Selected V4 Bibliography
Introduction—A Useful Look Around (Petr Vágner)
Movement is life. This is a thesis that one finds in many forms and different contexts. There are lofty philosophical treatises devoted to this topic, as there are lowly advertisements drawing us to fitness centers. Movement and the changes resulting from it are intrinsic to human nature. Human history seems to be forward motion. Whether forward movement automatically means moving in the right direction is an important question, but the answer is not the topic of the following text.
However, sometimes it can be useful to take pause, not just to rest but also to reflect on where we have been and where we are heading. Without any doubt, answering the aforementioned question is another part of human nature. After such a pause our next move can be more certain and more meaningful if the relevant lessons have been learned.
In the context of scientific research, it is bibliography in particular that allows us to take such pause. Bibliography is very demanding and not too popular among scientists, although none would hesitate over the importance or usefulness of this work for the further development of science. Only a true genius can proceed in the right direction without being familiar with what has already been achieved before. Even Isaac Newton wrote: If I have seen further it is only by standing on the shoulders of giants.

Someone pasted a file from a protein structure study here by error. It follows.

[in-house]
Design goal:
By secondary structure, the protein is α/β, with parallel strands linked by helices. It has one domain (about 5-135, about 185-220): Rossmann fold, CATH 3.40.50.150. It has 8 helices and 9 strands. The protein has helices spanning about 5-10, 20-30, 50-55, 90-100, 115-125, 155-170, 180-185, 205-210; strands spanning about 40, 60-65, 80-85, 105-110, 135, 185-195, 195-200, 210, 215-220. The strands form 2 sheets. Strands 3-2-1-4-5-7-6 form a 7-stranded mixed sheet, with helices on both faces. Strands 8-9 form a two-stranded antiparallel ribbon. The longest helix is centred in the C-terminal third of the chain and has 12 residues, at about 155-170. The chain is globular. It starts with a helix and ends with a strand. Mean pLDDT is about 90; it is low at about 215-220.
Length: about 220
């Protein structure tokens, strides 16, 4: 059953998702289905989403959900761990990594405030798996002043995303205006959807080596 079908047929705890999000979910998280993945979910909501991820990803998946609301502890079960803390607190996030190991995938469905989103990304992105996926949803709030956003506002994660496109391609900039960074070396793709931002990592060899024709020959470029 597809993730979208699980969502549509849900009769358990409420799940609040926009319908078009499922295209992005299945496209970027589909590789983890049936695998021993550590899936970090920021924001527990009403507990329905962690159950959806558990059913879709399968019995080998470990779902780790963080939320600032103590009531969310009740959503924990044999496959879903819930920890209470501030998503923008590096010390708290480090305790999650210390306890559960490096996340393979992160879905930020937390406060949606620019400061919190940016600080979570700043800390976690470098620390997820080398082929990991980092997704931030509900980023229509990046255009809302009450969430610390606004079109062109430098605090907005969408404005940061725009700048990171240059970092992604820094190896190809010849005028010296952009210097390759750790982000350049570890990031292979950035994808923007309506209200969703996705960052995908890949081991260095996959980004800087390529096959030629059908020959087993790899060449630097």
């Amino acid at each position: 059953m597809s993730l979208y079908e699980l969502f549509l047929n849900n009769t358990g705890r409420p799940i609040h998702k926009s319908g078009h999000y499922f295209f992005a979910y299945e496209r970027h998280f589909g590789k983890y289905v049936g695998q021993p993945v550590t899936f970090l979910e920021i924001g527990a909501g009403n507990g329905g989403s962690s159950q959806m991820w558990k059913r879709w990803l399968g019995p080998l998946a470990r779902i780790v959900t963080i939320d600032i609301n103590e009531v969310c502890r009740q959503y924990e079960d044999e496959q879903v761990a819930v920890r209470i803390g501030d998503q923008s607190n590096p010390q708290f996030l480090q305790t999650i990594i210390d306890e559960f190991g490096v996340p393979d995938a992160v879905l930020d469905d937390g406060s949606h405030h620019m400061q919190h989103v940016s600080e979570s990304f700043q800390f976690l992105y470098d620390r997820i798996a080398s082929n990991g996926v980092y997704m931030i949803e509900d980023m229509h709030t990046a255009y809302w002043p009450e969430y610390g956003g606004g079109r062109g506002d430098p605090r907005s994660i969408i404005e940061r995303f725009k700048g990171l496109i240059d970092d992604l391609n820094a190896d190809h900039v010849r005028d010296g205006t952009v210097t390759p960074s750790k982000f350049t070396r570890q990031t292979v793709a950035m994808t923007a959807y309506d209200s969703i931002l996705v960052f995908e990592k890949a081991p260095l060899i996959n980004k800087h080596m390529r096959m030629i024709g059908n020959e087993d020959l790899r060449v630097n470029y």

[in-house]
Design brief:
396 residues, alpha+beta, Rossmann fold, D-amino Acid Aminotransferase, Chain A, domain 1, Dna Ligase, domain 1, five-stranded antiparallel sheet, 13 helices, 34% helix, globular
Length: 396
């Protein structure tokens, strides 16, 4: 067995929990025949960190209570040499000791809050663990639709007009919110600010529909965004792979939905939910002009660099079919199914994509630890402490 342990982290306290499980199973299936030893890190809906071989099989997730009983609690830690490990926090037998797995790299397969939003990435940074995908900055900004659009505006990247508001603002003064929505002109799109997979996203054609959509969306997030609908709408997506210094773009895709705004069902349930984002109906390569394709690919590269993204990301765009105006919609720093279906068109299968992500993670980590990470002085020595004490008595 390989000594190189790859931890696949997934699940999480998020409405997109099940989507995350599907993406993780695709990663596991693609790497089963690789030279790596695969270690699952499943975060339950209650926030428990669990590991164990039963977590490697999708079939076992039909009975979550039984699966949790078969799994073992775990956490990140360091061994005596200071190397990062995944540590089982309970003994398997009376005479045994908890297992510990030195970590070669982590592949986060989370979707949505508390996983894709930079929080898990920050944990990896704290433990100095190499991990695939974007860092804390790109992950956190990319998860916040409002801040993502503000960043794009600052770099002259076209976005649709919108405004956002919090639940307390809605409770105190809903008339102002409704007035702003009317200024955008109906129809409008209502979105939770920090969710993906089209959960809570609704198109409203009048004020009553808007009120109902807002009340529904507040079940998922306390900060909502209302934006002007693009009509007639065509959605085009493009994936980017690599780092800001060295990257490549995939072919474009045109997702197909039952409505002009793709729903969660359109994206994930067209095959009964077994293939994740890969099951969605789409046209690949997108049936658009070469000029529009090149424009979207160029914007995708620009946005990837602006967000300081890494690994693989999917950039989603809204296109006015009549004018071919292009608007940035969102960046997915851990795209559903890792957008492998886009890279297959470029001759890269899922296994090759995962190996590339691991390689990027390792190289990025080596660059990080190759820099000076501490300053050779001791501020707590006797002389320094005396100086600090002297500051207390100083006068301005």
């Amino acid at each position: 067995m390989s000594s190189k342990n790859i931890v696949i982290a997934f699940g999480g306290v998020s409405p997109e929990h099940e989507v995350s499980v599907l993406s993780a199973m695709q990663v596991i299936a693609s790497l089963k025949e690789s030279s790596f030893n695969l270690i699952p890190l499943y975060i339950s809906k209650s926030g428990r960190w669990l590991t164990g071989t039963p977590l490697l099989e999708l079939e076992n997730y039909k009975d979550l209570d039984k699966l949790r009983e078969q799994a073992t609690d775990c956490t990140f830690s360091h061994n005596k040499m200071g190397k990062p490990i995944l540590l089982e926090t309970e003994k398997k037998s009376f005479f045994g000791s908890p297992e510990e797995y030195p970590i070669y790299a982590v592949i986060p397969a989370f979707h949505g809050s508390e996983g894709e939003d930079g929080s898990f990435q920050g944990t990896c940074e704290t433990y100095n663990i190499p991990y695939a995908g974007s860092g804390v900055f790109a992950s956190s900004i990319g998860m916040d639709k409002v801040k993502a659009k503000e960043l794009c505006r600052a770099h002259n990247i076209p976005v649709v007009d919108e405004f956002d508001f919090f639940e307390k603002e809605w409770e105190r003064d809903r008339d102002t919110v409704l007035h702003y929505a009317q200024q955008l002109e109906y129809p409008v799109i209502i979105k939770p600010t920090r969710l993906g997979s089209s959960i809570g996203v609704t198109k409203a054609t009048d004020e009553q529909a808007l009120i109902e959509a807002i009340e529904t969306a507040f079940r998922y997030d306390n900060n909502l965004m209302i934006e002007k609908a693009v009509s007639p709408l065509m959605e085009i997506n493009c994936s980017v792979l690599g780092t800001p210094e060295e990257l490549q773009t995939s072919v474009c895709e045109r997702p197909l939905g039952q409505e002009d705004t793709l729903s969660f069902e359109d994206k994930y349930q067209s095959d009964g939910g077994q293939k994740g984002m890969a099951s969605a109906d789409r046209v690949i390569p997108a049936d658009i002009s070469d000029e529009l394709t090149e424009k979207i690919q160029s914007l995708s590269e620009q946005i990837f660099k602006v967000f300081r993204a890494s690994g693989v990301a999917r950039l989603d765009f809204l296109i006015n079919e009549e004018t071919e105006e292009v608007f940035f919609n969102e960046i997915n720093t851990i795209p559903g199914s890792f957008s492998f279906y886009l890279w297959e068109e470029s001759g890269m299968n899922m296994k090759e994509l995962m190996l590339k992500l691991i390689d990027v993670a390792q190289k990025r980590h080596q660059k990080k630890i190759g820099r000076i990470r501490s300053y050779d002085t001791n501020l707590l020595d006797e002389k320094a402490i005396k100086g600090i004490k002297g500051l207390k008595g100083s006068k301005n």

The work of bibliographers provides the sciences and the arts with such shoulders—shoulders that save time and energy and that prepare new impetus for research. Not everybody can be like Newton but solid soil under the feet is no small contribution.
You have here before you one such bibliography, the bibliography of Visegrad cooperation. Its authors provide us not only with the possibility of using it for further research on the topic, but they also give us the opportunity to realize how deep or shallow the common awareness of the cooperation is. Visegrad cooperation can be better understood this way.
The hundreds of entries show that the Visegrad Group is not unknown and the topic resonates not just in Visegrad expert circles, but also beyond the region. The books, studies and articles, arranged in chronological order, show us the various ups and downs of the cooperation. Experiencing the evident development of Visegrad cooperation in the first decade of the 21st century, it is a bit strange to read articles from the second half of the 1990s that almost bury the group. But such was the reality then.